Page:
All for publicity stunt: First great balloon hoax
COLORADO: The Heenes, who last week tricked the world into thinking their son had floated away in a weather balloon, are not alone - Edgar Allan Poe concocted a similar bogus tale back in 1844. Why did the Heene family of Colorado think pretending to lose their son in the basket of an airborne helium balloon was a good idea is unclear. But as they contemplate possible criminal records for conspiracy and contributing to the delinquency of a minor, they can at least take comfort in the fact that they have distinguished company when it comes to balloon hoaxes.
On 13 April 1844, the New York Sun published a breathless account of a great step for mankind: “The air, as well as the earth and the ocean, has been subdued by science, and will become a common and convenient highway for mankind ... The Atlantic has been actually crossed in a balloon ... and in the inconceivably brief period of 75 hours from shore to shore!” In a precursor of the reality shows to which the Heenes apparently aspired, the Sun ran excerpts from the faked diary of the Victoria’s navigators, which ended just after their “sighting” off the coast of South
(In reality, the Atlantic would not be crossed by a balloon until 75 years later, when the rather less romantically named British dirigible R-34 landed in New York City after an 108-hour flight.) The account was cooked up by Edgar Allan Poe, a hoax-lover in an age of hoax-lovers; he perpetrated five others. Poe seems to have rather enjoyed the fuss: “On the morning (Saturday) of its announcement,” he later wrote in the Columbia Spy, “the whole square surrounding the Sun building was literally besieged, blocked up from a period soon after sunrise until about two o’clock PM . . . I never witnessed more intense excitement to get possession of a newspaper. . . I tried, in vain, during the whole day, to get possession of a copy.” But the excitement was not allowed to get out of hand. Two days later, the Sun printed a retraction: “BALLOON - The mails from the South last Saturday night not having brought a confirmation of the arrival of the Balloon from England . . . we are inclined to believe that the intelligence is erroneous.” And so the first great media balloon hoax was punctured.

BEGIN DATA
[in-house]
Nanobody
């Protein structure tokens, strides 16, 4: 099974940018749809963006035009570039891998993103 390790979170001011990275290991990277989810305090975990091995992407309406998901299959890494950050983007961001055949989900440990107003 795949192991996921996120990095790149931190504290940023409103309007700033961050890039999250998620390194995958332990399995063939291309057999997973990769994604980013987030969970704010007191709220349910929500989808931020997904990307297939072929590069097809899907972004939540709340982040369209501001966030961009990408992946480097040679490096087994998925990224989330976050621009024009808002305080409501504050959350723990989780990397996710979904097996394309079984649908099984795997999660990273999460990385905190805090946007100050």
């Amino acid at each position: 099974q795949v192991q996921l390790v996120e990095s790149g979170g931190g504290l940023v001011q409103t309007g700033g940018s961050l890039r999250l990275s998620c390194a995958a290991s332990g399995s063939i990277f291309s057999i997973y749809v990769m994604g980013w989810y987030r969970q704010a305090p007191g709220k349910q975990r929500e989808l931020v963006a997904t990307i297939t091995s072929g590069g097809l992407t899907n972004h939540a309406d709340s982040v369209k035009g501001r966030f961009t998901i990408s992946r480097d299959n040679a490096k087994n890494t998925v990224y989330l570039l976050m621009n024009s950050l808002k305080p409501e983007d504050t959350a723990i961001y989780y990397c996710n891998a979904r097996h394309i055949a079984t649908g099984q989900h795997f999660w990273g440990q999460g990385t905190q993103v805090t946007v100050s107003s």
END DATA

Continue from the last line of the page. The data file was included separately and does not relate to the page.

Poe had created the report by supposedly “copying verbatim from the joint diary of Mr Monck Mason and Mr Harrison Ainsworth”, also crediting them for “much verbal information respecting the balloon itself, its construction, and other matters of interest . . .” Extract from the diary — New York Sun, Saturday, 6 April 1844: We commenced the inflation this morning at daybreak; but owing to a thick fog, which encumbered the folds of the silk and rendered it unmanageable, we did not get through before nearly 11 o’clock. At half-past 11, still proceeding nearly south, we obtained our first view of the Bristol Channel; and, in 15 minutes afterward, the line of breakers on the coast appeared immediately beneath us, and we were fairly out at sea. We were all now anxious to test the efficiency of the rudder and screw, and we put them both into requisition forthwith, for the purpose of altering our direction more to the eastward, and in a line for Paris. By means
of the rudder we instantly
effected the necessary change of direction . . Upon this we gave nine hearty cheers, and dropped in the sea a bottle, enclosing a
slip of parchment with a brief account of the principle of the invention..
Hardly had we done with our rejoicings, when an unforeseen accident occurred which discouraged us in no little degree. The steel rod connecting the spring with the propeller was suddenly jerked out of place, and in an instant hung dangling out of reach. While we were endeavoring to regain it, we became involved in a strong current of wind from the East, which bore us, with rapidly increasing force, towards the Atlantic. We soon found ourselves driving out to sea at the rate of not less, certainly, than 50 or 60 miles an hour, so that we came up with Cape Clear, at some 40 miles to our North, before we had secured the rod . ..
It was now that Ainsworth made an extraordinary,
but to my fancy, a by no means unreasonable or chimerical proposition — that we should take advantage of the strong gale which bore us on, and in place of beating back to Paris, make an attempt to reach the coast of North America.